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MP 5.01.112 Use of Sodium Oxybate (Xyrem®)

Medical Policy    

Section
Prescription Drug

Original Policy Date
05/2013

Last Review Status/Date
Created with literature search/5:2013

Issue
5:2013
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Disclaimer

Our medical policies are designed for informational purposes only and are not an authorization, or an explanation of benefits, or a contract.  Receipt of benefits is subject to satisfaction of all terms and conditions of the coverage.  Medical technology is constantly changing, and we reserve the right to review and update our policies periodically. 


Description

Sodium oxybate (Xyrem ®) is a GABA analogue CNS depressant that is FDA-approved for narcolepsy with or without cataplexy.  The medication is not considered first-line therapy for these conditions and should not be used for treating other disorders.

 


Policy

 

Sodium oxybate may be considered medically necessary for the treatment of narcolepsy with or without cataplexy when ALL of the following criteria are met:

  • The patient must have a well-supported diagnosis of Narcolepsy with or without Cataplexy as confirmed by:
    • Symptoms of severe daytime sleepiness that interfere significantly with daily tasks AND
    • Significantly disrupted sleep as documented by a 4-week sleep log AND
    • An Epworth sleepiness scale score > 15 AND
    • A formal polysomnogram which rules out other causes of daytime sleepiness and shows:
      • The presence of multiple spontaneous awakenings
      • The presence of reduced sleep efficiency AND
    • A multiple sleep latency test performed the next morning
      • Valid only if the polysomnogram demonstrated at least 6 hours of sleep
      • Monitoring must include electroencephalography, electrooculography, mental or submental electromyography and electrocardiography
      • Recommendations to increase the validity of the test include stopping all stimulants and other psychoactive medications two weeks before testing and anti-depressants three weeks before testing.  Drugs of abuse should be ruled out by submitting a qualitative urine drug screen.
      • Sleep latency is documented for each nap session – repeated every two hours until 5 nap opportunities have been recorded and/or two or more sleep onset rapid eye movement periods (SOREM’s) have occurred.
      • All of the following criteria are necessary to diagnose narcolepsy
        • Decreased sleep latency (8 minutes or less averaged over the test period)
        • Naps include REM sleep
        • Presence of two or more SOREM’s AND
    • Other causes of sleep disorders have been ruled out or appropriately-treated including but not limited to:
      • Insufficient sleep opportunity and/or fragmented sleep
      • Sleep apnea (obstructive or central)
      • Periodic limb movements of sleep
      • Rapid eye movement (REM) sleep behavior disorder
      • Other medical and/or neurologic disorders
      • Substance abuse disorders
      • Medication use disorders
      • Psychiatric disorders - Psychological evaluation must be performed by a board-certified Psychologist or Psychiatrist with supporting clinical documentation submitted.  The purpose of this evaluation is to evaluate for psychiatric or behavioral factors which may contribute to the patient’s sleepiness.  Recommended treatments must be followed for a reasonable time frame with submitted documentation of the patient’s response AND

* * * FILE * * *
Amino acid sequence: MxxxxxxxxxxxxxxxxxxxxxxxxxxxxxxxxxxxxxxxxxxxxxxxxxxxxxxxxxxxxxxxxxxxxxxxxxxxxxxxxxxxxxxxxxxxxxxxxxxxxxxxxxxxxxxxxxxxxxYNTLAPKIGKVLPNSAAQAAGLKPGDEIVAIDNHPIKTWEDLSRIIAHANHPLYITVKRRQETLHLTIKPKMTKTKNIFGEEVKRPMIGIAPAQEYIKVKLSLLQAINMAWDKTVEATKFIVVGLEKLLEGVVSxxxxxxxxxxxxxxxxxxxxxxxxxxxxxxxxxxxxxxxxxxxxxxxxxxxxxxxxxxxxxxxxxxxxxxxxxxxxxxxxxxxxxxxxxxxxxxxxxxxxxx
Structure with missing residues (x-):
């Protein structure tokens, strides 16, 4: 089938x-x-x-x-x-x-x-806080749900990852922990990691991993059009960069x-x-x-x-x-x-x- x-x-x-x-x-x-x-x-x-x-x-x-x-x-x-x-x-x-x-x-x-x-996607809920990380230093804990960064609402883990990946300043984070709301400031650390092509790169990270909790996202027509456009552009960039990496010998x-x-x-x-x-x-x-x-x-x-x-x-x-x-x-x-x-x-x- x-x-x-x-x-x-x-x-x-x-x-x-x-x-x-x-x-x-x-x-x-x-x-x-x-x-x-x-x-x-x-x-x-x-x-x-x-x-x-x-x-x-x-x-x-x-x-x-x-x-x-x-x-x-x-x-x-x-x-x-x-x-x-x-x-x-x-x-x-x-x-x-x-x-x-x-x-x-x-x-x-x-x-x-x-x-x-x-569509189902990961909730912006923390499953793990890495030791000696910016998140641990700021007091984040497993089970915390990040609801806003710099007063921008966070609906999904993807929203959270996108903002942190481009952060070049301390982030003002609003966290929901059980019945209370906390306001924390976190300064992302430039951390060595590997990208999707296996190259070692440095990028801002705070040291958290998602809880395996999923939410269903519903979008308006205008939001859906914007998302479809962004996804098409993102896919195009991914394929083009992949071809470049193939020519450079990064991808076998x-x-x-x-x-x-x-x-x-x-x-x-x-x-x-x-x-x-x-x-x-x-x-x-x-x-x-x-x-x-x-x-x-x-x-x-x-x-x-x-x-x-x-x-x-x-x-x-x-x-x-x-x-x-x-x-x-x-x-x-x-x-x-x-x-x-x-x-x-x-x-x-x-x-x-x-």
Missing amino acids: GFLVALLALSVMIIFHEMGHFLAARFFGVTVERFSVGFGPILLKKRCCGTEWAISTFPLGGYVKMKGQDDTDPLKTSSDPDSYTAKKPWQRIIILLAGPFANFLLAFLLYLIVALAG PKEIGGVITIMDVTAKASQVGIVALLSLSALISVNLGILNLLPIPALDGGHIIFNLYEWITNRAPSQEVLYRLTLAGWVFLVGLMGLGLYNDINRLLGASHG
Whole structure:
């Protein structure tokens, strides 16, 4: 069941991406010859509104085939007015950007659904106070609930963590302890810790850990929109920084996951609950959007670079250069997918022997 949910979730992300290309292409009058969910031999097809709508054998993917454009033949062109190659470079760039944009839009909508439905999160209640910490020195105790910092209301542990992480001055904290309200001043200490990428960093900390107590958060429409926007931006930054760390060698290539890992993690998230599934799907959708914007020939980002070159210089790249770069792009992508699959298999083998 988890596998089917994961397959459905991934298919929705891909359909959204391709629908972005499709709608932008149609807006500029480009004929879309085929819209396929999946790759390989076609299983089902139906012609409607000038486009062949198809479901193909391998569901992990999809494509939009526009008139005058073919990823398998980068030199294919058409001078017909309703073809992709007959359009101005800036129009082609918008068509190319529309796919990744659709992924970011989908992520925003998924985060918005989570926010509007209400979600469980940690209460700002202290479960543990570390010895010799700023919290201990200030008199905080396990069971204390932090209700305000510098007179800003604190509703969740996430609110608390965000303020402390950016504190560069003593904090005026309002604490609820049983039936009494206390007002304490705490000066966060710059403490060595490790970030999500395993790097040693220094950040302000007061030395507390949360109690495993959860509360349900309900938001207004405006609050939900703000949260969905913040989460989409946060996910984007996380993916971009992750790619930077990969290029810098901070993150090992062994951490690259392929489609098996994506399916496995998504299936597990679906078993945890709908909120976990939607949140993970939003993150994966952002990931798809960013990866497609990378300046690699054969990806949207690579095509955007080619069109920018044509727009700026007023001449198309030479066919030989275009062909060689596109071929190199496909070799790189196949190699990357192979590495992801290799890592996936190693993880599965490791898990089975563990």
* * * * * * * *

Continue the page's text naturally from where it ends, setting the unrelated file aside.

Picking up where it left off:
• The patient must have previously tried and failed the following treatments.   Detailed, documented support of these interventions including patient response must be submitted.  “Treatment failure” must be supported by lack of significant improvement in the Epworth Sleepiness Scale, sleep log, and symptoms of narcolepsy/cataplexy that interfere significantly with daily tasks.
    • Regimented Non-Pharmacologic Therapy
      • A thorough medication and social history must be performed.
        • Prescription drugs must be evaluated for their potential contribution to the patient’s symptoms and adjusted/discontinued as appropriate.  This may include benzodiazepines, opiates, antipsychotics, stimulants, alpha-1 antagonists and others.
        • Patient must not be inappropriately using any substances including drugs of abuse, excessive alcohol and caffeine.  A qualitative urine drug screen is required as above AND
      • Behavioral interventions have been performed to improve sleep hygiene
        • These should be identified with an in-depth sleep-directed history and physical exam
        • Patient must have been recommended and complied with specific behavior modifications directed at improving sleep hygiene.  These measures and their impact must be clearly documented
        • Documentation of psychiatric recommendations and compliance with these recommendations must be provided as described above AND
      • Patient has failed to improve despite 2 months of optimized pharmacotherapy which must include
        • Use of a stimulant to reduce daytime sleepiness
          • All patients must have been treated for 2 months with modafinil or armodafinil
          • Other agents to decrease daytime sleepiness may also be tried but not in lieu of modafinil or armodafinil AND
      • Use of first-line night-time sleep aids which must include